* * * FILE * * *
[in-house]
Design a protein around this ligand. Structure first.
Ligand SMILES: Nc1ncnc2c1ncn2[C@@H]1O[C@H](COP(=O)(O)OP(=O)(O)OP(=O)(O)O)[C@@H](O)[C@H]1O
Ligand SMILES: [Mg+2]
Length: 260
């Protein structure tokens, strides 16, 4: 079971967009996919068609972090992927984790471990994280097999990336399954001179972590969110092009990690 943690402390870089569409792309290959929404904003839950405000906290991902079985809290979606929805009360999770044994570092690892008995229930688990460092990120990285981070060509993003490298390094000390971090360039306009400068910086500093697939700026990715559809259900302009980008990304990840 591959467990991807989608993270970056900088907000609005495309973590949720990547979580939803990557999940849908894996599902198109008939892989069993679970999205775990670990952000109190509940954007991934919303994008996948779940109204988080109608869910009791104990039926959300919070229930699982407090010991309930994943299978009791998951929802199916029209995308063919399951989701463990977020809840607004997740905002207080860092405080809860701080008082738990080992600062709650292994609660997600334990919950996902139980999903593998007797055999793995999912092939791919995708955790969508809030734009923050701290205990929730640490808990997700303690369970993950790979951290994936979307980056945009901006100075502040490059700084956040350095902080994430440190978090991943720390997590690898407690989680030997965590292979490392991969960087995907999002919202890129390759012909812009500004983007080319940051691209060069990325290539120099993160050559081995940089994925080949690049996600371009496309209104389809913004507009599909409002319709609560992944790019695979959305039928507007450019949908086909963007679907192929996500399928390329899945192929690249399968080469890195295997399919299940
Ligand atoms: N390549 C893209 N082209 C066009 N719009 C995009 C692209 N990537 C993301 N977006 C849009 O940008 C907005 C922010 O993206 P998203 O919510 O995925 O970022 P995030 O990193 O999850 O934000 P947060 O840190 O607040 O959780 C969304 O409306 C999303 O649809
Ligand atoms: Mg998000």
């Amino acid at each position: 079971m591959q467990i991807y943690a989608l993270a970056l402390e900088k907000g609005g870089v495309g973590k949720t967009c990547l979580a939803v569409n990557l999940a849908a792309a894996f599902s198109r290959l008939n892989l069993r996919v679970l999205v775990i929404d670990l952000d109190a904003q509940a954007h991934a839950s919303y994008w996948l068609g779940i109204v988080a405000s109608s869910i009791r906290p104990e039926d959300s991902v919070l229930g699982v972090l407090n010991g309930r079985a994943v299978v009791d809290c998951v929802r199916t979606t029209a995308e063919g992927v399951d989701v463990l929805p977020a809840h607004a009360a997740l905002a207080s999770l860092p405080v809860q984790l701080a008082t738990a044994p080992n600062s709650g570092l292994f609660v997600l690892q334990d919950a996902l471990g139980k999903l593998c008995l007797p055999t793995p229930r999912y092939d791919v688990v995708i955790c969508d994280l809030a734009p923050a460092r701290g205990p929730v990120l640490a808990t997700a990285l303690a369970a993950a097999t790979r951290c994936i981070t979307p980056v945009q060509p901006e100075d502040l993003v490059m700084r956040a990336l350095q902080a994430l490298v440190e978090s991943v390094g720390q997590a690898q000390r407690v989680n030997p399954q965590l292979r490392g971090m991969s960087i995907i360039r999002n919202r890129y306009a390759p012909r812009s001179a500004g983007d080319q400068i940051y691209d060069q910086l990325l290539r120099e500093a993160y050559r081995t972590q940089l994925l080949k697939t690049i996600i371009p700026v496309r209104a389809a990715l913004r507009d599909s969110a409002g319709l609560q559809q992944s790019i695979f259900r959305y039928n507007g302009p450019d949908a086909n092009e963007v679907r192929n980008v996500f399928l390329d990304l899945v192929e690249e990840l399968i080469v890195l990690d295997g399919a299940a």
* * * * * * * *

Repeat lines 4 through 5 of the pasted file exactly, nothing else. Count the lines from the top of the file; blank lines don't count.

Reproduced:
Ligand SMILES: [Mg+2]
Length: 260